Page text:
Natalie Prass embraces the emotional power of pop music at the Fox Cabaret

Natalie Prass with Stella Donnelly at the Fox Cabaret 9/25/18

Photo by Tonje Thilesen

For fans of pop music that takes influence from the musical traditions of yesteryear, Natalie Prass’ concert at the Fox Cabaret was a remarkable 90 minutes of pop craftsmanship.

Bouncing between genres such as disco, soul, R&B and even yacht-rock, her set showcased the emotional strength of her songwriting and left her audience in awe of it all.

The night opened with an enjoyable folk set from Stella Donnelly, a young singer-songwriter from Australia. Performing solo on an electric guitar, her songs walked a tightrope between the personal and the political. Some were luminescent ballads about relationships gone wrong, while others provided biting scorn towards racist family members and sexist bosses. Donnelly was a joy to watch, not only for her music but also for her profanity-laden banter between — and sometimes even during — songs.

Prass and her band opened in style, walking on stage to Peanut Butter Jelly Time”(!) while the crowd cheered them on. However, there was a bit of awkwardness in the room during her first two songs. She opened with Oh My” and The Fire,” two upbeat tracks that sounded fantastic but got a quiet response from the small, mostly standstill audience. When trying to chat with them, it seemed as if Prass wished things were a little more lively.

Fortunately, this subsided once she played some of her slower tracks and the audience settled into her groove. Never Over You” was a tender standout ballad, while Hot for the Mountain” contained some of the show’s most interesting musicianship. Over jazz piano, slide guitar and a somewhat creepy chord progression, Prass sang a song about uncertainty that was oddly powerful in its temperance.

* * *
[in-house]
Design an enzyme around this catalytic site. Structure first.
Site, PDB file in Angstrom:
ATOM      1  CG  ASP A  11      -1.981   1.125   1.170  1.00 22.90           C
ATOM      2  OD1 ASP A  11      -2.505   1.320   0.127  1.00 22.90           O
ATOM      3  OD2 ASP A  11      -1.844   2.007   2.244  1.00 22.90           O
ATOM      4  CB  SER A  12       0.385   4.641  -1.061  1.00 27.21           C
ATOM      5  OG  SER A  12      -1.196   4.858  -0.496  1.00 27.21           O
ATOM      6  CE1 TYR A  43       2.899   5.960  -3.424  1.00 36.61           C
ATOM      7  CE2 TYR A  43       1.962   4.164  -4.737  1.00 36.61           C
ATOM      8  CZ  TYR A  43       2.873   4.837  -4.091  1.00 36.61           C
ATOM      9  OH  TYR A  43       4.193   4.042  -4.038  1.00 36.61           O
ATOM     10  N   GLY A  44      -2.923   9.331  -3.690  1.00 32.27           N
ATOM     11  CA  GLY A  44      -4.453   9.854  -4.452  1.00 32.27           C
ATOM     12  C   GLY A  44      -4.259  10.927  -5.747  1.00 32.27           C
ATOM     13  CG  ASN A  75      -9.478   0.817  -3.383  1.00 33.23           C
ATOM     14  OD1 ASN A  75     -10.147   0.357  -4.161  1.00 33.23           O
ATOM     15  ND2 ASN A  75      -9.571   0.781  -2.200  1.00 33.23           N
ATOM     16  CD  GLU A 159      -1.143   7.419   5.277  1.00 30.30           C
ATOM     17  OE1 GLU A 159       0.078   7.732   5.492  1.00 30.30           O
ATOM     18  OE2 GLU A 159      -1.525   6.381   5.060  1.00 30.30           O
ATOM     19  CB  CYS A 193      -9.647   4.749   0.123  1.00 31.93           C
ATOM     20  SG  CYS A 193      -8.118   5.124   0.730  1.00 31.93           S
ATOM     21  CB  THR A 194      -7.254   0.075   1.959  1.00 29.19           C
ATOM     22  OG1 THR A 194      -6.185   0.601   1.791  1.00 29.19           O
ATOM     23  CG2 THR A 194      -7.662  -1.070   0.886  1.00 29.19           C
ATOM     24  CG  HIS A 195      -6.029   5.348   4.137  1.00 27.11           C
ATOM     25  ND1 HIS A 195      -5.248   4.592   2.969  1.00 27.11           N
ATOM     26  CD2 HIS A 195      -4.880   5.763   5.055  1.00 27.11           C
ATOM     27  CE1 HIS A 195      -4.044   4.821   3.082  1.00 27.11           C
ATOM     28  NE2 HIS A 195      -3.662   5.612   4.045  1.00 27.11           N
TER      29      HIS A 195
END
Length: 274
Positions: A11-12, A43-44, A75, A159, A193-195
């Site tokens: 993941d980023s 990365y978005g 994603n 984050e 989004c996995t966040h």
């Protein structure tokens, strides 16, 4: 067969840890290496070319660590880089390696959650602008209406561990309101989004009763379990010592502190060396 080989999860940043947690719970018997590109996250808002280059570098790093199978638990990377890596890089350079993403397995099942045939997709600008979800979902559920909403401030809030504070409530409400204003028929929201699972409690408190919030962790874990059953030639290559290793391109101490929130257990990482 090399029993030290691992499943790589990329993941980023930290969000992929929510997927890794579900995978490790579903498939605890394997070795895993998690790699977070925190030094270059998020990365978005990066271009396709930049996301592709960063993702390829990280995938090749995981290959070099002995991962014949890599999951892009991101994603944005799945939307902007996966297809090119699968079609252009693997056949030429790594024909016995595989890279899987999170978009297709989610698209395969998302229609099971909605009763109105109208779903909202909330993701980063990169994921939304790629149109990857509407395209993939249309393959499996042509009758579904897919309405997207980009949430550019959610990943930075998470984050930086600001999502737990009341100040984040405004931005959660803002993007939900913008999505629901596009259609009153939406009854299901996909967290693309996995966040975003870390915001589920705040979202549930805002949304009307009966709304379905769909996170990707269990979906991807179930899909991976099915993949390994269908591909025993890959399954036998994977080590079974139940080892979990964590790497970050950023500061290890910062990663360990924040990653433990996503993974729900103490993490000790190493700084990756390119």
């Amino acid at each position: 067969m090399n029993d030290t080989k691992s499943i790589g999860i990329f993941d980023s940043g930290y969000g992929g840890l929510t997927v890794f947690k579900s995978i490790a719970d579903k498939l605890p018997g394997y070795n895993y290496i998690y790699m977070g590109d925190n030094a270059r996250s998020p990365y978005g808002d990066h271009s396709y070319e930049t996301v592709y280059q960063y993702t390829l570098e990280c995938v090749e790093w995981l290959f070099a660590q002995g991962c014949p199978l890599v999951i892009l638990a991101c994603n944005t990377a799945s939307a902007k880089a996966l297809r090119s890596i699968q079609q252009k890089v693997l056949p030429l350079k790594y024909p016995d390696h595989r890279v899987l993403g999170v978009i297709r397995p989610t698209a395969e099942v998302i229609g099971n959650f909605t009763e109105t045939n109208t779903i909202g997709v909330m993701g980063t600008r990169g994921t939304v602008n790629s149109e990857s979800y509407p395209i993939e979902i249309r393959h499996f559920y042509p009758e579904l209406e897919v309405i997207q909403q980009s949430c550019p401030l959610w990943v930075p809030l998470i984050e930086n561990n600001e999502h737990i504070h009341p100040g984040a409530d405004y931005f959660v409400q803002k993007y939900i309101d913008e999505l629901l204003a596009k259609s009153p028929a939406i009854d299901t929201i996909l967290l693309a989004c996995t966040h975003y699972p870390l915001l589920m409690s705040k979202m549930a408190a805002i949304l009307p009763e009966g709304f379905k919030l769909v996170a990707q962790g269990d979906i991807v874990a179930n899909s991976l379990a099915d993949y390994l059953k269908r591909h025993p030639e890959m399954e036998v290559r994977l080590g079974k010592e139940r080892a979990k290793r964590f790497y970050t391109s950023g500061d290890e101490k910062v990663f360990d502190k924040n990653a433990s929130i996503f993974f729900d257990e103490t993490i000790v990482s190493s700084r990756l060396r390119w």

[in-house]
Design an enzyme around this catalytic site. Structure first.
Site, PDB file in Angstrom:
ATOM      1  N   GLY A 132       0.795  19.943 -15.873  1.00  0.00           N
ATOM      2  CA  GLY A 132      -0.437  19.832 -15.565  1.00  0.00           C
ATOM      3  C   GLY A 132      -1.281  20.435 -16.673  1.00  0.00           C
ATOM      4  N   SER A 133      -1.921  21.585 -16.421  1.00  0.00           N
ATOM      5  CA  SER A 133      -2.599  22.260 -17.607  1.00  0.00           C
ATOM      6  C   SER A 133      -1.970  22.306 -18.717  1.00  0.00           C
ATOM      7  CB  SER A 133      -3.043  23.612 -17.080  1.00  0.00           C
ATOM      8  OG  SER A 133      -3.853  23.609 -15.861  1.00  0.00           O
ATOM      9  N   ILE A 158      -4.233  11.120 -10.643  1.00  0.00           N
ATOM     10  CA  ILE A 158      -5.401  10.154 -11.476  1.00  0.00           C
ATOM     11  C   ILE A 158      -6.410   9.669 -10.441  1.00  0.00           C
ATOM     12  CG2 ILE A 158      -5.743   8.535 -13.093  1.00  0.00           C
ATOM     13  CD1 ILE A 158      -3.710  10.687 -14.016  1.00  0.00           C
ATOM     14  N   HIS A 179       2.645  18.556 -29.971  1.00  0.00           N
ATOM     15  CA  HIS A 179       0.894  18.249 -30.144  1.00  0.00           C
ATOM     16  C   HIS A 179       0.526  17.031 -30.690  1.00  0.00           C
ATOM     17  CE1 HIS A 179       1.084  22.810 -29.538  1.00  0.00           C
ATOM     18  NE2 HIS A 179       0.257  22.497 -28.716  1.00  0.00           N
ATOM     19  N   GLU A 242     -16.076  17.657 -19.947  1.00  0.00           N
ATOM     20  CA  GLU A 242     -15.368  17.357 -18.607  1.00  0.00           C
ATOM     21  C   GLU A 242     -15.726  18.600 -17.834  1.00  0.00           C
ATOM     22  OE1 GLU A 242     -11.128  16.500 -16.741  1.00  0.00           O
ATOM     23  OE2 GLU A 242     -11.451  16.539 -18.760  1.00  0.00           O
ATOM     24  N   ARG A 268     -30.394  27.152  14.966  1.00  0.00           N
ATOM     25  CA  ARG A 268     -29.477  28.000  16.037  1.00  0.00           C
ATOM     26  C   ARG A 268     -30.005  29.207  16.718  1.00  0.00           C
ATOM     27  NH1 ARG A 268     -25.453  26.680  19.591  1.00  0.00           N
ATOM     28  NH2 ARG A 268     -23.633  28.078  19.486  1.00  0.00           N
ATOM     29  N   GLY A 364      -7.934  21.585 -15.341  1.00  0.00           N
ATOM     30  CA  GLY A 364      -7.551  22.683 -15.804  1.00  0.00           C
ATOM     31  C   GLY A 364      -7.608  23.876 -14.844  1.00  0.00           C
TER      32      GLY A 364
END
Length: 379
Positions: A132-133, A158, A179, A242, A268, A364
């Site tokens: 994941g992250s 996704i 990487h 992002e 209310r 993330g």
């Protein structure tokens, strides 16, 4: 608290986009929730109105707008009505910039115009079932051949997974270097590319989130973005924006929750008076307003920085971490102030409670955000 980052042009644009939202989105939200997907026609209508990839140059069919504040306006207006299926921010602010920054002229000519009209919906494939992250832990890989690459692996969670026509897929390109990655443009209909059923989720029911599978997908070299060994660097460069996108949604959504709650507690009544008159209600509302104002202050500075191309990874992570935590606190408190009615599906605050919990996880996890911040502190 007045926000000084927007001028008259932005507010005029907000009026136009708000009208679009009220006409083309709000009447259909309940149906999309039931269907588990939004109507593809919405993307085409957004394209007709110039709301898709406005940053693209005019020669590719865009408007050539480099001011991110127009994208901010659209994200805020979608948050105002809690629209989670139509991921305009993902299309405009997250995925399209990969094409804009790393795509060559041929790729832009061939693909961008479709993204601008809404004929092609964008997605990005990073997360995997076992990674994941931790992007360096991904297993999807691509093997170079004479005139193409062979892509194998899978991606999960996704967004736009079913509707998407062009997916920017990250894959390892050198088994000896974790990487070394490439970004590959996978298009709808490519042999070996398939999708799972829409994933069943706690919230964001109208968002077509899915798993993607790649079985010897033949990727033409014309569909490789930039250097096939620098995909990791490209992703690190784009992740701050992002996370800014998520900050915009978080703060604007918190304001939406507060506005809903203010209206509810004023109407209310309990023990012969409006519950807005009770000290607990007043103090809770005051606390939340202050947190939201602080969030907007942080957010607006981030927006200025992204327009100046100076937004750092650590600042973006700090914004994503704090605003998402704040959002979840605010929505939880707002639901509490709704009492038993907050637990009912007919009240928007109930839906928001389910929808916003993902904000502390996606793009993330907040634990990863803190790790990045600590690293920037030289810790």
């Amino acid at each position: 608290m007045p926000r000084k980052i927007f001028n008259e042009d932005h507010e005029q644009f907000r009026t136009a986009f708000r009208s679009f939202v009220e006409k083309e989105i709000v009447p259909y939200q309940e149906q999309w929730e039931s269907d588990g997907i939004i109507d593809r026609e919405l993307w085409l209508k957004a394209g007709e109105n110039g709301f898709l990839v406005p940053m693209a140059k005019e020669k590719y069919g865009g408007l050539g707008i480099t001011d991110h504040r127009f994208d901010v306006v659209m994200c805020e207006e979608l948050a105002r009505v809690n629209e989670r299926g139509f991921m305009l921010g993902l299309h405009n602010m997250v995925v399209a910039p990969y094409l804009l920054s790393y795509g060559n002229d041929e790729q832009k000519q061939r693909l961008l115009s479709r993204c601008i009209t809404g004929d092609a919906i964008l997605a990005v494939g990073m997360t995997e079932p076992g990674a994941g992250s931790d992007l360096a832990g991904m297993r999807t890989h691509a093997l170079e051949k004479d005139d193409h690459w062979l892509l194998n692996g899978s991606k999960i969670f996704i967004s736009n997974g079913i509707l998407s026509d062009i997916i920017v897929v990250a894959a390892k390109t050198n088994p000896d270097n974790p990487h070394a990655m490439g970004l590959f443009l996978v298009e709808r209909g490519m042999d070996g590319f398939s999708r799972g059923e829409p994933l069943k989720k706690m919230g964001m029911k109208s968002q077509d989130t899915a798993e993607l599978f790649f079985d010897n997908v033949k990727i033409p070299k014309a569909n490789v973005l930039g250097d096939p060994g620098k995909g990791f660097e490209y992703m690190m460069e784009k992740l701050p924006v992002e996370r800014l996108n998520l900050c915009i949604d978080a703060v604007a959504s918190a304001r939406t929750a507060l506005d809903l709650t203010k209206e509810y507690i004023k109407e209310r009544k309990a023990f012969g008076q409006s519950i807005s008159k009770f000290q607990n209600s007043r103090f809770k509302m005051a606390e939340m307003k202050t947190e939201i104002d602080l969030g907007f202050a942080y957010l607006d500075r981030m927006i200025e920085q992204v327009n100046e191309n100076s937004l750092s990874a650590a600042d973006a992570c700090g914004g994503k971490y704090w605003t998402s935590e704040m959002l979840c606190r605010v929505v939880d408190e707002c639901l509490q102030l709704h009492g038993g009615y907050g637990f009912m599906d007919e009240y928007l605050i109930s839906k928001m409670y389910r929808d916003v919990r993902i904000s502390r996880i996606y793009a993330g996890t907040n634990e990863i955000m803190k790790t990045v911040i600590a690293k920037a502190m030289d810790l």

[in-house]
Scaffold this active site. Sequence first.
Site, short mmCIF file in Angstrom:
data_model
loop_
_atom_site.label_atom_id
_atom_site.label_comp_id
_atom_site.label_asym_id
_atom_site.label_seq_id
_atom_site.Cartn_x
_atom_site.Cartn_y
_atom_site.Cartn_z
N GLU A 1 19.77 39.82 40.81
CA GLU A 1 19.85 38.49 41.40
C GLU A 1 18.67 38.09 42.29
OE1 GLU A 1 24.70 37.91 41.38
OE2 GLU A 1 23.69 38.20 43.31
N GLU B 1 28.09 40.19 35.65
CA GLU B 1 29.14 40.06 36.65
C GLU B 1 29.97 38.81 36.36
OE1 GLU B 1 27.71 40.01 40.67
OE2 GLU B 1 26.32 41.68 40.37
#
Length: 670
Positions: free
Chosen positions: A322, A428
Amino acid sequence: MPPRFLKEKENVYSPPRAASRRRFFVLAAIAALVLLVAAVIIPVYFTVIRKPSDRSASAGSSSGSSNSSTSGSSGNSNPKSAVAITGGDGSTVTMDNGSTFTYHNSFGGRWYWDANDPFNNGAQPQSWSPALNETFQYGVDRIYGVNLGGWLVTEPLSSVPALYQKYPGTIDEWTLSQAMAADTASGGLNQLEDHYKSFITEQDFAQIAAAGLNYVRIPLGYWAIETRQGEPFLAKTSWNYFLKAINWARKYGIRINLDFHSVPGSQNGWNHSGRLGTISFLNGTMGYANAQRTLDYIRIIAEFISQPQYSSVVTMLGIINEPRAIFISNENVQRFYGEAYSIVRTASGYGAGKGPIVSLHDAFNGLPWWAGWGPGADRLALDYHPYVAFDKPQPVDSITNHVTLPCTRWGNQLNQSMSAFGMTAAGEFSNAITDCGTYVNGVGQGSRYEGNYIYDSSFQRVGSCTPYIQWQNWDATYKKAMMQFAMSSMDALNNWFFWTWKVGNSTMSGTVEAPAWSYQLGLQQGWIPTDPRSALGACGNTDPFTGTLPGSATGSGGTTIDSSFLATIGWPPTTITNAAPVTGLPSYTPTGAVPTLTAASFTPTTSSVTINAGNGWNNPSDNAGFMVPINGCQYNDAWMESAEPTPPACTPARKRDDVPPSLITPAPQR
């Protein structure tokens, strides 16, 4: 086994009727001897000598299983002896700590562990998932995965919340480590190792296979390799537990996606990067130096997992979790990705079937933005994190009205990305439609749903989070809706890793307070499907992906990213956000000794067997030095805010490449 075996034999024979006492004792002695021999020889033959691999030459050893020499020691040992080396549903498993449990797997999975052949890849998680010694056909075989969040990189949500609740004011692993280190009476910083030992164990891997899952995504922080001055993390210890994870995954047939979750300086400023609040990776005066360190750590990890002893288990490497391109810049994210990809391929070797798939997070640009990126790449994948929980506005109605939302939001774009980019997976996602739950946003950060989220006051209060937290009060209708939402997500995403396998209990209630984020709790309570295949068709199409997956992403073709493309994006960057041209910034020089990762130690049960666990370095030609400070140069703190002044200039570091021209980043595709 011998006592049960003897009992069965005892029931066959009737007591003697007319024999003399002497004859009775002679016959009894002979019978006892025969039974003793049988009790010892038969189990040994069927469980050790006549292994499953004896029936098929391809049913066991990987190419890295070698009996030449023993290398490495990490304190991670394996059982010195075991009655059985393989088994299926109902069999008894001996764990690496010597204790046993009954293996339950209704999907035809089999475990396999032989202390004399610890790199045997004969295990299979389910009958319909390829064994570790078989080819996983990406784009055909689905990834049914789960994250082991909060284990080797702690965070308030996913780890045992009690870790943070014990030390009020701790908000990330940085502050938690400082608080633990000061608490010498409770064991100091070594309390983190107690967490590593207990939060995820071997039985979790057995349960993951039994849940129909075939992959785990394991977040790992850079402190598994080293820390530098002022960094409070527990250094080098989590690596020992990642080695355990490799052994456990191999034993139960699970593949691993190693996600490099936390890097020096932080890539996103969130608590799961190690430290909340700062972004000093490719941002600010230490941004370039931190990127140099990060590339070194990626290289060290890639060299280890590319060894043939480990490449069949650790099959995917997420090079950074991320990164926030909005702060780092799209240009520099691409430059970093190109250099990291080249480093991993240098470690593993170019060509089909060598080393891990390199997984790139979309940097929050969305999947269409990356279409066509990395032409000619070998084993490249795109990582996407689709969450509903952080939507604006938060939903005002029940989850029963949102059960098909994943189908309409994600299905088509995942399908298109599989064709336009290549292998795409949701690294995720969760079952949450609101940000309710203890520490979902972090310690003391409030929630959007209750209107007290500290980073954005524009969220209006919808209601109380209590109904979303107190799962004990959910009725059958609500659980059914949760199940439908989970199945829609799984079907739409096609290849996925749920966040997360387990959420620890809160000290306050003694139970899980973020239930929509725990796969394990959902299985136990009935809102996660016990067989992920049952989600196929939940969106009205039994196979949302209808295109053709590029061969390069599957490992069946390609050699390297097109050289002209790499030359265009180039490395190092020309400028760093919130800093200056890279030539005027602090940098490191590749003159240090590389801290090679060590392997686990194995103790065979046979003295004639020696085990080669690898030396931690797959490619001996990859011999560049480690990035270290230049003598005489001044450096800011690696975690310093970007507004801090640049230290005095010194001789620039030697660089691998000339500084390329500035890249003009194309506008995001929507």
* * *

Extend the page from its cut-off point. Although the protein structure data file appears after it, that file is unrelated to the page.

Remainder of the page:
From the charming pop of Never Too Late” to the noise guitar catharsis of Ship Go Down,” Prass knocked out one incredible song after another. An unexpected secret ingredient throughout it all was the keyboard player’s use of an electric jazz piano sound, which added a very welcome Steely Dan-esque sheen into the mix.

The night hit its emotional peak during My Baby Don’t Understand Me,” in which Prass’ uplifting voice soared through the music and melted hearts amidst a brutally sad coda.

Prass was in in a jolly mood throughout the show, cracking jokes about the Fox Cabaret’s history as a porn theatre, and raising questions about the giant fake zebra head mounted about the bar. (Memorable quote: that zebra has seen some things!”) The audience may have been small, but they diligently cheered after every song.

When the band announced they were going to call it a night, the cheering crowd convinced Prass to stay for one more song. Unexpectedly, the song she played was an unreleased one — a devastating ballad titled Last Time” that just might be sadder than anything else in her catalogue. It was a lovely gift to the crowd, who started the night off shy, but were completely won over by the end.

Check out Vancouver Weekly‘s recent interview with Natalie Prass here.